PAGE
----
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King Crimson - Beat CD (album) cover


King Crimson


Eclectic Prog

3.08 | 1237 ratings

From, the ultimate progressive rock music website

3 stars

Beat is usually considered one of King Crimson's poppiest albums, but this is kind of a tricky distinction to make. Like the two it is sandwiched between, it has a mix of poppier songs and more experimental songs (well, I guess Discipline was more even, but Three of a Perfect Pair certainly had this mix.) There are a couple of songs on here that stand out as being a lot more accessible and catchy than their other numbers.

This wouldn't be a problem or anything, except that these tracks are kind of unremarkable. The more experimental stuff mostly continues in the vein of Discipline, and while there's often an unusual guitar sound or new rhythmic aspect thrown in to complicate matters, it doesn't do much to elevate Beat over its significantly superior predecessor

That being said, this album isn't bad. It's just has some good tracks, and some bad ones, and not a lot extra to say. It's actually pretty good, but it certainly isn't essential.

The opener, "Neal and Jack and Me", is a nice, frenetic, rhythmically complex guitar-fest in the style of "Discipline". It exchanges some of the interweaving for vocals, though, which are delivered in Adrian Belew's impeccable style, with ferocious energy. Overall the entire thing is more melodic, with some pretty catchy but still interestingly-delivered melodies. Near the end the guitars begin to sound a bit like bells chiming, which is a very pleasant effect. Quite a nice opening track--even better than the following album's (very similar) opener.

After this comes the quasi-title-track "Heartbeat"--certainly one of the poppiest songs King Crimson has ever done, and a concert favorite from the era. But to be honest, I find it somewhat unremarkable. It repeats with very little development, and the melody doesn't much stand out. The atmospheric guitar tones, however, are quite nice, and redeem the song to a certain extent.

This somewhat tepid track, however, is followed by one of the album's highlights, the instrumental "Sartori in Tangier". It mainly serves as a vehicle for a crazy guitar-synth solo from Fripp--but it's a good solo. And this isn't even the song's best feature--that credit would have to go to the song's great rhythm part, with a catchy, bouncy stick foundation and Bruford and Belew backing it up with their own interesting repeated parts. The song starts out as a driving, minor-key piece, then suddenly switches into a more ethereal portion where the rhythm section gets to show off a bit more, and then resumes the solo part. Overall quite well-constructed.

The first side closes with "Waiting Man", a lamenting song that opens with a simple but dense collection of layers (including nice use of electronic pitched percussion by Bruford) and Belew's melancholy vocal line. These layers metamorphose a few times until a second guitar joins in and adds yet another, producing a fascinating pattern that persists throughout the entire song. If any criticism could be leveled at this, it might be called a bit monotonous, but the hypnotic layering makes up for this, I'd say.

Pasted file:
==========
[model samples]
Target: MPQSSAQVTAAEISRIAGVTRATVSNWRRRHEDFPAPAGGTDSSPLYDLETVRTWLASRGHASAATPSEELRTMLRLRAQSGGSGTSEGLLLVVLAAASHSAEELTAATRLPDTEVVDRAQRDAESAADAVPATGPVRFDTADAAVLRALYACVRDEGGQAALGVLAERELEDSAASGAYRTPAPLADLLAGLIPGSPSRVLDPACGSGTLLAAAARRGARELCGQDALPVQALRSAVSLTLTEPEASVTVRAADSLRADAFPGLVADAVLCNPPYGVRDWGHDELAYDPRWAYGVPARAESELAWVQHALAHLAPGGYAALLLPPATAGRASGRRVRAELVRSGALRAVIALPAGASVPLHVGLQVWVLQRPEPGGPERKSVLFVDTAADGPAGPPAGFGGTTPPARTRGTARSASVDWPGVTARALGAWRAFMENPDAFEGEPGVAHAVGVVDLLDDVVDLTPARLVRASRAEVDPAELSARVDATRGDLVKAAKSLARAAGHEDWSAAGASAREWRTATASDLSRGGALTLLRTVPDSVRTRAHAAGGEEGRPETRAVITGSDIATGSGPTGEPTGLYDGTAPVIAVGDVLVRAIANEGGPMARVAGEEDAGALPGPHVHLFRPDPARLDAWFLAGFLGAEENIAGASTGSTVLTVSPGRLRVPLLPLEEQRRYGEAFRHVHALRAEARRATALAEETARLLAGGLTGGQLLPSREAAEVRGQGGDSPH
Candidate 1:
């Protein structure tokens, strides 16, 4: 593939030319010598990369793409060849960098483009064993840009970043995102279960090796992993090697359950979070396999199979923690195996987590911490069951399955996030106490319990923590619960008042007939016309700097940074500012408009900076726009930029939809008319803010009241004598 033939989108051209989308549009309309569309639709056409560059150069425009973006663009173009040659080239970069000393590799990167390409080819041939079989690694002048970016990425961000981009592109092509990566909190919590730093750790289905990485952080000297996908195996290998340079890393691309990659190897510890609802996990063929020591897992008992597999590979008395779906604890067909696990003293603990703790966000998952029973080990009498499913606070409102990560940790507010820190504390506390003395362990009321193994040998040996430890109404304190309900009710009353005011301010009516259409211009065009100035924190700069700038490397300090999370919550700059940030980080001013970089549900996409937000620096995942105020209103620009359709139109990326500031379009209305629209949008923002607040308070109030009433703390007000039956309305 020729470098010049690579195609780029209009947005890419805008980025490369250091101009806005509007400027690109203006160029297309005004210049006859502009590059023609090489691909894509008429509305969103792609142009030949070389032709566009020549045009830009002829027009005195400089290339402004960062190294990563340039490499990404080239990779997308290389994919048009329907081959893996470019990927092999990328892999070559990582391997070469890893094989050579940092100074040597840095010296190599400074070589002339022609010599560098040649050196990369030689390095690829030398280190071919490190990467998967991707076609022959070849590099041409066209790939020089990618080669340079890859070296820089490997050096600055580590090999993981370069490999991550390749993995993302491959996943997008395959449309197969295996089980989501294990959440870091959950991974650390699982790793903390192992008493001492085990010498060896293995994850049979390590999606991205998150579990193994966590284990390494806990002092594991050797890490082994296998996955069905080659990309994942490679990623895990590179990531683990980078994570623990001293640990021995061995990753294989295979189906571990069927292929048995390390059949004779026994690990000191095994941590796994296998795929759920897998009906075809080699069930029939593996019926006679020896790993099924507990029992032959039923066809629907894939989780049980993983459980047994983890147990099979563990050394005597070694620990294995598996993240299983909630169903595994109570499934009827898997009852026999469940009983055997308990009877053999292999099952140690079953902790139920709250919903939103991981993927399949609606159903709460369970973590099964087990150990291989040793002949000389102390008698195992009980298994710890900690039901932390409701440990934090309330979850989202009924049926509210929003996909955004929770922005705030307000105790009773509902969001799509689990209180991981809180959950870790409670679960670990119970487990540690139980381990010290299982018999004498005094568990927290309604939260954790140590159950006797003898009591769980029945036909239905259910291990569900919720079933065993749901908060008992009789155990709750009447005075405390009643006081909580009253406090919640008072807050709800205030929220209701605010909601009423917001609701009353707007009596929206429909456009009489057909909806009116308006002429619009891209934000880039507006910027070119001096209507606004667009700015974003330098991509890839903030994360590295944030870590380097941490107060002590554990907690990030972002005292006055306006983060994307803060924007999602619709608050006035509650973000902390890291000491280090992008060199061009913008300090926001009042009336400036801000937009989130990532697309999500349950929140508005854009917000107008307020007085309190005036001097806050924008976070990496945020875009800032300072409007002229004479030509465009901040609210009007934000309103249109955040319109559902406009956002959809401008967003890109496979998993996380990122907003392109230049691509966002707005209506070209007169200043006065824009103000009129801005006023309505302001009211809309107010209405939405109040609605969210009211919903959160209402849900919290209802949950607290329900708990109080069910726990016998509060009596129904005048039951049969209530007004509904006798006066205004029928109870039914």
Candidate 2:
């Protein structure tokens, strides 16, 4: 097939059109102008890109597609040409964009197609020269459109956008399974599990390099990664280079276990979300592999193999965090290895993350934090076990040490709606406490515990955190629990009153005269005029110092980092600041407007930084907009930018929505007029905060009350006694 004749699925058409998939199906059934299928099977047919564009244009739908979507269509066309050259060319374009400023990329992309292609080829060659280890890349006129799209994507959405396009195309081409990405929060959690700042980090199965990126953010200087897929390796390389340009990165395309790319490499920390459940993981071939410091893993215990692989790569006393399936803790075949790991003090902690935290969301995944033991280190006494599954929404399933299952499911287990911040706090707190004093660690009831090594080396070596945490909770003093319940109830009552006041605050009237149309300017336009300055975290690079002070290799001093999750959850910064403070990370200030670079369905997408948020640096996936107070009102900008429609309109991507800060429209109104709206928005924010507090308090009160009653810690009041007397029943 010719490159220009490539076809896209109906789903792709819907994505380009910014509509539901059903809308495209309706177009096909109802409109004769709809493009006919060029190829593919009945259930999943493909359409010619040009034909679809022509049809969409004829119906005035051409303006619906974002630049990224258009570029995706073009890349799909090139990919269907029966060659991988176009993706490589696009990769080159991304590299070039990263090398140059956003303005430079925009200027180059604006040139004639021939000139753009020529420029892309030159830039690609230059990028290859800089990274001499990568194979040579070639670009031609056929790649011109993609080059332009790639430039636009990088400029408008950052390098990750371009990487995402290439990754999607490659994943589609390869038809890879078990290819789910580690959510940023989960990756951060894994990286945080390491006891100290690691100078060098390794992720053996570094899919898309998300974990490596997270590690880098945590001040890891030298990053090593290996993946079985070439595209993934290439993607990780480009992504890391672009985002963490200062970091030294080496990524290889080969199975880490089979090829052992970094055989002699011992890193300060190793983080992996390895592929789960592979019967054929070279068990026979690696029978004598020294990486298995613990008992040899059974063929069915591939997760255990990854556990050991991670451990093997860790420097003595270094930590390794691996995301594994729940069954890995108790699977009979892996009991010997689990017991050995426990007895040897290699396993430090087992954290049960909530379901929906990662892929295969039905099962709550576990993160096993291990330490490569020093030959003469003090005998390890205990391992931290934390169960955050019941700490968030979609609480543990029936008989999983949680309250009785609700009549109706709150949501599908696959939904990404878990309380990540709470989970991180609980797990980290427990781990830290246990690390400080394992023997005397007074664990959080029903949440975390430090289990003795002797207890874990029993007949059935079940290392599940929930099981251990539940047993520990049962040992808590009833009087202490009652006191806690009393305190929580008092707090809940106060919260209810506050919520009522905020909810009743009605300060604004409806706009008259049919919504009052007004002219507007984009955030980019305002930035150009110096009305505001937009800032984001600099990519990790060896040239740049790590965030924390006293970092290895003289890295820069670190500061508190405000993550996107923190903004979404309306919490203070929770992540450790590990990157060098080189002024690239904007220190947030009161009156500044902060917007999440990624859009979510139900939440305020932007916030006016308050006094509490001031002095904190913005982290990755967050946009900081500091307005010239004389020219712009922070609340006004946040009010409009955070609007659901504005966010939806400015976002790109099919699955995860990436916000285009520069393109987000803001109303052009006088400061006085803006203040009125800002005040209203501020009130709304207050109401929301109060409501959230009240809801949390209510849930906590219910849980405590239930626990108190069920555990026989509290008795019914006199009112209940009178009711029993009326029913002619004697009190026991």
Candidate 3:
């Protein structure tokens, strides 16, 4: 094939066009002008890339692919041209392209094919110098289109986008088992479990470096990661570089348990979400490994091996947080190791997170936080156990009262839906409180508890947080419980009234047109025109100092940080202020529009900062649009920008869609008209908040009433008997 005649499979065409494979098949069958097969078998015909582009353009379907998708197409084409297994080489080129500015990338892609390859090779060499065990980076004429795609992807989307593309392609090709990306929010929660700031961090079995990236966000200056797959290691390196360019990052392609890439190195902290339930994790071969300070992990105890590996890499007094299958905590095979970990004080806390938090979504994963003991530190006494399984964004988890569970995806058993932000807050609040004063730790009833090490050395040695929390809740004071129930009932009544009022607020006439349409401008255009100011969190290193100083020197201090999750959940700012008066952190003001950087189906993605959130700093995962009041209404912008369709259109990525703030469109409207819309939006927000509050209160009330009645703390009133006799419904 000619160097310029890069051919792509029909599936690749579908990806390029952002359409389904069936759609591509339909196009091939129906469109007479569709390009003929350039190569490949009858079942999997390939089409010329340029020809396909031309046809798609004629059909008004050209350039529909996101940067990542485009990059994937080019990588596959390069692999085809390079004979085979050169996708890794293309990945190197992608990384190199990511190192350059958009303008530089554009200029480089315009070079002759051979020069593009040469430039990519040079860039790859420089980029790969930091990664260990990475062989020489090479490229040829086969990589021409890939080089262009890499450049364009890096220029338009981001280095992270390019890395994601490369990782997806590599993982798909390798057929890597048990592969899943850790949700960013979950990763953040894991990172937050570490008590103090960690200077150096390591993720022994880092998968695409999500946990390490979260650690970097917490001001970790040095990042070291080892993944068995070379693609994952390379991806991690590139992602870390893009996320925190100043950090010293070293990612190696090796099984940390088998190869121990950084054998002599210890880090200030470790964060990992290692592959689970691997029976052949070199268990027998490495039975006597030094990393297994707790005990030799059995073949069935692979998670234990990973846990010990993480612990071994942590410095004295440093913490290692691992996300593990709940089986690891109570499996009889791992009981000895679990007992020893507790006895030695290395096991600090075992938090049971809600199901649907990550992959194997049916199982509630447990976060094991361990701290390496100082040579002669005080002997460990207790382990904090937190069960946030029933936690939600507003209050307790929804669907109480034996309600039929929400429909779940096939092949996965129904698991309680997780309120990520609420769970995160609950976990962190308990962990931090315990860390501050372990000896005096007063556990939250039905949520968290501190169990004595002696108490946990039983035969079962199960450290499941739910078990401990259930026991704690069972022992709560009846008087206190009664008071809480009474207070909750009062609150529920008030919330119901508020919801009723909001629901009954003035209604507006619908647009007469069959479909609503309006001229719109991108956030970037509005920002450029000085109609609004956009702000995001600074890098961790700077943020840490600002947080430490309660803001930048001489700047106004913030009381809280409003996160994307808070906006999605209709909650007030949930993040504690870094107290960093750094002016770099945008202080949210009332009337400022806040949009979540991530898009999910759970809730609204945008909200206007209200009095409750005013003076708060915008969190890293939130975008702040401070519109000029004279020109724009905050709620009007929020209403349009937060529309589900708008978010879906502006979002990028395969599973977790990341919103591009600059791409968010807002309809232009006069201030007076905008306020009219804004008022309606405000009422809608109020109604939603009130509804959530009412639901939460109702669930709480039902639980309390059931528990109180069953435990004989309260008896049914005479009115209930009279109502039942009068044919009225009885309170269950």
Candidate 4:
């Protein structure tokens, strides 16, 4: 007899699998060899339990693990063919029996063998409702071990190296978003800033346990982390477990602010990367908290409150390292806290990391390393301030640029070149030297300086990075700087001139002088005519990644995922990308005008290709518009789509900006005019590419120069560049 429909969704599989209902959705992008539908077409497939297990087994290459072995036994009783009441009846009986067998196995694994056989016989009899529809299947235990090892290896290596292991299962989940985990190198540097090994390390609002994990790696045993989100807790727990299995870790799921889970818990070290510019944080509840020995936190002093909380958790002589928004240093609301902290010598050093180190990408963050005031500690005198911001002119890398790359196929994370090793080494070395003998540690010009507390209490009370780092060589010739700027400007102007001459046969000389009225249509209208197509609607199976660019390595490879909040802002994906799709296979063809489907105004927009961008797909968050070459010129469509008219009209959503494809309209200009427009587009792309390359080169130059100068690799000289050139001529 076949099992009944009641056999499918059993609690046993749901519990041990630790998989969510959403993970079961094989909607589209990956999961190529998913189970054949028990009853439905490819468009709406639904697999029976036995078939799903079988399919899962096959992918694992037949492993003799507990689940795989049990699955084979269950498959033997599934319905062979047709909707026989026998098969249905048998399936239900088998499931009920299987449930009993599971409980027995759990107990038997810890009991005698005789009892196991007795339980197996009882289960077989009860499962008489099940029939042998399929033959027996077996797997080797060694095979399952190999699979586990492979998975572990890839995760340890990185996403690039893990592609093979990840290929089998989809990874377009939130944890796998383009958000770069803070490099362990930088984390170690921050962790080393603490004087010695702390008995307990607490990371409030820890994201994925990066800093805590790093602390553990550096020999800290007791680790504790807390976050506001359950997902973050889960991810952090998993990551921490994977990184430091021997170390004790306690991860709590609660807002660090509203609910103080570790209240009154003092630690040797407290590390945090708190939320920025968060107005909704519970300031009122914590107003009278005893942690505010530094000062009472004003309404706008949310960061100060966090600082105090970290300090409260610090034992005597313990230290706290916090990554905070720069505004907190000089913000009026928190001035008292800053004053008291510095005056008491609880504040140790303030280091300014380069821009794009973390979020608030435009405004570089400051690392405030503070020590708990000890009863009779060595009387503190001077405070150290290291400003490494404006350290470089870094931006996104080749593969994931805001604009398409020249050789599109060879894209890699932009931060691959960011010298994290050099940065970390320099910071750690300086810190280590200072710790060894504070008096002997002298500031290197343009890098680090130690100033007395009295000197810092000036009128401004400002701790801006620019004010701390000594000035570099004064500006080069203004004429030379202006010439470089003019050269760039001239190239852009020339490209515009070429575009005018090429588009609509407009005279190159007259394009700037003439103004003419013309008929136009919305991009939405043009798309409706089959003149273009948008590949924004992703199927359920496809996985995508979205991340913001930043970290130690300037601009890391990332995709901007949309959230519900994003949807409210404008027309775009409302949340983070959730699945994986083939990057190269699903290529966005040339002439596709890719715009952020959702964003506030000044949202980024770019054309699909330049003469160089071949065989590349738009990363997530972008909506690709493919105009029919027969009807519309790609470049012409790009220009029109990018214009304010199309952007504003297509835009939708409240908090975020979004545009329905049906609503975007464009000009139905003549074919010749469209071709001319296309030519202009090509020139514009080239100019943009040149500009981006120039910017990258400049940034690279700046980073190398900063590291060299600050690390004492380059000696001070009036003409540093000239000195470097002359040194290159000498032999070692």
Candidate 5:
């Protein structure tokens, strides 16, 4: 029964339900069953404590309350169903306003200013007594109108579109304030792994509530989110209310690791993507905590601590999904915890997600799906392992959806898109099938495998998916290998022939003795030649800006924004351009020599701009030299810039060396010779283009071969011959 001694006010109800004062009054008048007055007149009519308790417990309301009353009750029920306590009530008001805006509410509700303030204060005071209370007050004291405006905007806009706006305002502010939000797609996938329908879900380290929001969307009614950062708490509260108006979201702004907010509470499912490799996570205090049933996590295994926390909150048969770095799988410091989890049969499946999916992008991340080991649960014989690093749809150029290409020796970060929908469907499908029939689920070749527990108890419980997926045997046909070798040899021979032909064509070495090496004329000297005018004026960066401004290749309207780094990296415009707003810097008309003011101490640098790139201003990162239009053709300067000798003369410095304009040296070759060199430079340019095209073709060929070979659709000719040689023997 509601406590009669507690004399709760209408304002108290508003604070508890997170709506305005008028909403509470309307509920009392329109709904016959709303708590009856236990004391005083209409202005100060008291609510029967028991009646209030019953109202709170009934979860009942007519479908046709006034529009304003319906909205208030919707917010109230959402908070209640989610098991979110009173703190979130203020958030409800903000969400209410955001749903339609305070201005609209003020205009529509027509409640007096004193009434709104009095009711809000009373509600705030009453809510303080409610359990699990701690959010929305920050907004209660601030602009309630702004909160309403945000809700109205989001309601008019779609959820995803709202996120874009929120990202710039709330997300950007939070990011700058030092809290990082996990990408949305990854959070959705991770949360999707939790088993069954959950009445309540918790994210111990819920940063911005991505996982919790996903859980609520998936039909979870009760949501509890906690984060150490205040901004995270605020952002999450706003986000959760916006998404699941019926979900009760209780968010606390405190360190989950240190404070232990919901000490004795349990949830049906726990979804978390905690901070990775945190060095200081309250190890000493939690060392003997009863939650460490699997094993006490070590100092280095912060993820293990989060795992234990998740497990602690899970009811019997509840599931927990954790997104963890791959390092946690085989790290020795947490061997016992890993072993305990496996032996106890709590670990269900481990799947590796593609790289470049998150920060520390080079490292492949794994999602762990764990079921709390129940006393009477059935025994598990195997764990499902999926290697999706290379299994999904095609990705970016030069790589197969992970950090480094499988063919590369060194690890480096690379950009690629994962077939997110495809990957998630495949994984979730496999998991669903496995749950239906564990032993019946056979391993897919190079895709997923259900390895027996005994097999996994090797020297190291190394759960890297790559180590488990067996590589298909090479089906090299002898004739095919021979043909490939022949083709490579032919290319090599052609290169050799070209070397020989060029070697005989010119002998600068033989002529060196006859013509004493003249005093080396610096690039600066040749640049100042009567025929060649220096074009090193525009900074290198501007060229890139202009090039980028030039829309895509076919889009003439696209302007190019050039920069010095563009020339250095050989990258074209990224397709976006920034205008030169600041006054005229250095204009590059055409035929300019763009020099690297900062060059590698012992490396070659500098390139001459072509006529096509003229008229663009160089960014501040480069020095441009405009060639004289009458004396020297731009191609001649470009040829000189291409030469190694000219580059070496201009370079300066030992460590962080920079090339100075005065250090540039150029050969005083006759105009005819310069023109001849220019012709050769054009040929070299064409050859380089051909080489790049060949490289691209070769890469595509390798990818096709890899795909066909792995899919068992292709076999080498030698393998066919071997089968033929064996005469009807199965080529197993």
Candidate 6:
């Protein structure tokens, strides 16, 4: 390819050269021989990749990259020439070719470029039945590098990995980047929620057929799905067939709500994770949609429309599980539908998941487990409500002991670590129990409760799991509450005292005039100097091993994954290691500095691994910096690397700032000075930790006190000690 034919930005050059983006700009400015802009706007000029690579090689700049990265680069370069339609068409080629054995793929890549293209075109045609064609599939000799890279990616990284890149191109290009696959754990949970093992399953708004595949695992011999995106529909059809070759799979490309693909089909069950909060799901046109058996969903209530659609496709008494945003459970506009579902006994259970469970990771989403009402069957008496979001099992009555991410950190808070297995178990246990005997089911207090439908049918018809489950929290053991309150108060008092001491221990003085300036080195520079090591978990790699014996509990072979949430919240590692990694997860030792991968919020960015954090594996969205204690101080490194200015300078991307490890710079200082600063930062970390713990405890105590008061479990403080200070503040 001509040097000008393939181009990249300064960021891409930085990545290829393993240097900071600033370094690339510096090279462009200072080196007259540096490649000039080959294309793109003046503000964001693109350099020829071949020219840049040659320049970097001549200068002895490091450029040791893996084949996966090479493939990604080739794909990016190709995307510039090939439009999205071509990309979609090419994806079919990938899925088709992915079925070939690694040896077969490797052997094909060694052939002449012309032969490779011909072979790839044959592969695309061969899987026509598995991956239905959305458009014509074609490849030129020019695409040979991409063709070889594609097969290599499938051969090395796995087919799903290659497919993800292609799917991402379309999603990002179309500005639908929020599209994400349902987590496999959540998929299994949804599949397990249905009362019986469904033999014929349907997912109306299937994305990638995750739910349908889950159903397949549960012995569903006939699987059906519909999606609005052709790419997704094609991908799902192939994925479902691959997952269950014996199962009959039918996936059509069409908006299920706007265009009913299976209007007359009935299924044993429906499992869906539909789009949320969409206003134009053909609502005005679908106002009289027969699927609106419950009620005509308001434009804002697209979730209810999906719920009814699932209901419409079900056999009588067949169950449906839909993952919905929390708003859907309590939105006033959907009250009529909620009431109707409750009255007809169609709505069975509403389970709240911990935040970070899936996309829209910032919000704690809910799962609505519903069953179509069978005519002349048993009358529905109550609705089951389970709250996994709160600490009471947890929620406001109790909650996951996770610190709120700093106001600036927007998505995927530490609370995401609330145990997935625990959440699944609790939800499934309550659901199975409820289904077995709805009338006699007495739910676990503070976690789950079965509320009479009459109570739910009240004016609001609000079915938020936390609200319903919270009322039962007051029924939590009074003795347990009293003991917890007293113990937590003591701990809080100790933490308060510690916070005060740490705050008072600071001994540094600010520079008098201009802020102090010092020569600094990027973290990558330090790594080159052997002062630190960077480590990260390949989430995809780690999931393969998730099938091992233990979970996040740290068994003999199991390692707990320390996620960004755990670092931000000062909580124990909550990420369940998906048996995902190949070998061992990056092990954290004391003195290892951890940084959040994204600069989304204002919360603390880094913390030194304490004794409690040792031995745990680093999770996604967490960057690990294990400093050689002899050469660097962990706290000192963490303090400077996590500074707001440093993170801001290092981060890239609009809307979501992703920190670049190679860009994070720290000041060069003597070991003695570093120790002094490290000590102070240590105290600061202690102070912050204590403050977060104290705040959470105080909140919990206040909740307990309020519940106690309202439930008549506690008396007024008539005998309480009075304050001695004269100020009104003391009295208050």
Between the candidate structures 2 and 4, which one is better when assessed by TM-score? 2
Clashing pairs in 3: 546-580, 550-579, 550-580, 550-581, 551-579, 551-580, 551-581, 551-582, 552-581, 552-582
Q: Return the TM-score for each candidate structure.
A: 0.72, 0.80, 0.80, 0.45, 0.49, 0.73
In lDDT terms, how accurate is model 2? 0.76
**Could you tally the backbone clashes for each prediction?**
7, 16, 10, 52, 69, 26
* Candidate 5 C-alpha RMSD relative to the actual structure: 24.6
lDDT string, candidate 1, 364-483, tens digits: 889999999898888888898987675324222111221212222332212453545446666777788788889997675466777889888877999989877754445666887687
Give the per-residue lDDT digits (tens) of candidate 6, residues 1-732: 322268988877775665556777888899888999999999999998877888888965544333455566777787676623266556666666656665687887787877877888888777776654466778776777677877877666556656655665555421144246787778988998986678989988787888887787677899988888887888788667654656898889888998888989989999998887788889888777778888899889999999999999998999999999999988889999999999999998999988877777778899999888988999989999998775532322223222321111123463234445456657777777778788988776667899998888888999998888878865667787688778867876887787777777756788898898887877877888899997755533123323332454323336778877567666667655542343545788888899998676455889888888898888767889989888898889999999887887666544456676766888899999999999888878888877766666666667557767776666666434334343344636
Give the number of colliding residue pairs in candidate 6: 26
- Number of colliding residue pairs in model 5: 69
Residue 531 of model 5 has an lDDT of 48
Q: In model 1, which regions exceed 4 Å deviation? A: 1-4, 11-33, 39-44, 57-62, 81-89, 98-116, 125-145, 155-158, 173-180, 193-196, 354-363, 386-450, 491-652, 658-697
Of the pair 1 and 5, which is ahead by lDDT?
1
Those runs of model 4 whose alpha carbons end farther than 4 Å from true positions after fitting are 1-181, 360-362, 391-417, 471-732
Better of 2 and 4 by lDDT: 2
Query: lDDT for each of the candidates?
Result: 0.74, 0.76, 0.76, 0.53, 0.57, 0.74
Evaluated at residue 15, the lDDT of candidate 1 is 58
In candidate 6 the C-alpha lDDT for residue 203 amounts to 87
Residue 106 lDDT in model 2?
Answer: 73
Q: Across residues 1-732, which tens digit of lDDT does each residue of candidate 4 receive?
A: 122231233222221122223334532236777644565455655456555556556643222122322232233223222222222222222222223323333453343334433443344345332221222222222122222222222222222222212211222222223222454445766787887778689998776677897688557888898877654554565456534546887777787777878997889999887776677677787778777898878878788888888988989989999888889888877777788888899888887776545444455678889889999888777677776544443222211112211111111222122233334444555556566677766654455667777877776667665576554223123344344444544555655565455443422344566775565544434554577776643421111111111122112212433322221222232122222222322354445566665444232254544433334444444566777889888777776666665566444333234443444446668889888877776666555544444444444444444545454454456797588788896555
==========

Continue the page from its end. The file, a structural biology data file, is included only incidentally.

After this, the second side begins with the frenzied "Neurotica", which is for me another of the album's high points. After a crashing, noisy intro, Bruford continues drumming at an absurd pace while some basic chords are laid down and Belew begins rambling a bizarre, meaningless monologue meant to convey the feeling of being in a chaotic big city. Suddenly, the entire piece calms down to a typical interlacing pattern, but the calm combined with the vocals of the chorus still has a somewhat surreal quality, coupled with the chaos that precedes it. After this chorus is repeated twice, the energy again begins to build up until the monologue and madness returns, and the piece fades out. The atmosphere and mood of the song is vastly better than many other King Crimson pieces of this era, which don't do such a good job of communicating specific moods.

"Two Hands" is a kind of boring ballad--although not as repetitive as "Heartbeat" (and this is definitely a point in its favor), the instrumentation is sparse in what is otherwise a band of extreme density, and the song doesn't really go anywhere.

"The Howler" effectively picks up where the madness of "Neurotica" left off, and does well in its footsteps. It takes the standard interplay of the band, slows it down, and twists it in such a way that it sounds more demented and more menacing--almost like a swarm of angry bees trapped in a synthesizer. Again, it differentiates itself well from other Krimson songs of the time by altering the tone so. After a while, it calms down briefly, but it soon reasserts its craziness with a totally bizarre noisy solo. Overall, it doesn't hold up nearly as well as Neurotica, but it's still refreshingly weird. And the weird twangy noises at the beginning and end are AWESOME.

The last track, "Requiem", is a messy extended jam, with at least one guitar perpetually wailing throughout. I can't really see rhyme or reason in the way this ends up being put together--its only redeeming feature is some nice bass/stick work from Tony Levin closing the entire thing off. This is not this lineup's finest hour.

In general, I would say this album, although not uniformly good, has some very nice tracks on it which balance weirdness and catchiness excellently. I just wouldn't prioritize this over either of the adjacent albums. Highlights include "Neal and Jack and Me", "Sartori in Tangier", and "Neurotica".

Zargasheth | 3/5 |


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